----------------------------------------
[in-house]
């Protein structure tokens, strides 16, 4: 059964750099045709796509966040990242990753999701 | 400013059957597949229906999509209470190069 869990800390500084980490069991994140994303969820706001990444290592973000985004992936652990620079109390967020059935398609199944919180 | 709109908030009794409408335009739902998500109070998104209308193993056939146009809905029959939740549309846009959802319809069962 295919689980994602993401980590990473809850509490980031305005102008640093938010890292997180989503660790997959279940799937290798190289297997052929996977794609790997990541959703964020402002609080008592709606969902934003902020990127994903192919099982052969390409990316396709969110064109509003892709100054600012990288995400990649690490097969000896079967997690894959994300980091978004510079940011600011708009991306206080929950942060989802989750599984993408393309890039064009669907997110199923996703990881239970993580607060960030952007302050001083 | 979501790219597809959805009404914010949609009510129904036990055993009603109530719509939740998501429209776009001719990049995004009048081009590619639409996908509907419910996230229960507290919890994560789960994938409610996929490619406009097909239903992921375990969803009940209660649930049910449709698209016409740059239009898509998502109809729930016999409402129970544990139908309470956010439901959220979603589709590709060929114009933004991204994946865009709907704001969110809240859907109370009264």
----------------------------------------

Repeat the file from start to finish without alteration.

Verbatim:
[in-house]
């Protein structure tokens, strides 16, 4: 059964750099045709796509966040990242990753999701 | 400013059957597949229906999509209470190069 869990800390500084980490069991994140994303969820706001990444290592973000985004992936652990620079109390967020059935398609199944919180 | 709109908030009794409408335009739902998500109070998104209308193993056939146009809905029959939740549309846009959802319809069962 295919689980994602993401980590990473809850509490980031305005102008640093938010890292997180989503660790997959279940799937290798190289297997052929996977794609790997990541959703964020402002609080008592709606969902934003902020990127994903192919099982052969390409990316396709969110064109509003892709100054600012990288995400990649690490097969000896079967997690894959994300980091978004510079940011600011708009991306206080929950942060989802989750599984993408393309890039064009669907997110199923996703990881239970993580607060960030952007302050001083 | 979501790219597809959805009404914010949609009510129904036990055993009603109530719509939740998501429209776009001719990049995004009048081009590619639409996908509907419910996230229960507290919890994560789960994938409610996929490619406009097909239903992921375990969803009940209660649930049910449709698209016409740059239009898509998502109809729930016999409402129970544990139908309470956010439901959220979603589709590709060929114009933004991204994946865009709907704001969110809240859907109370009264």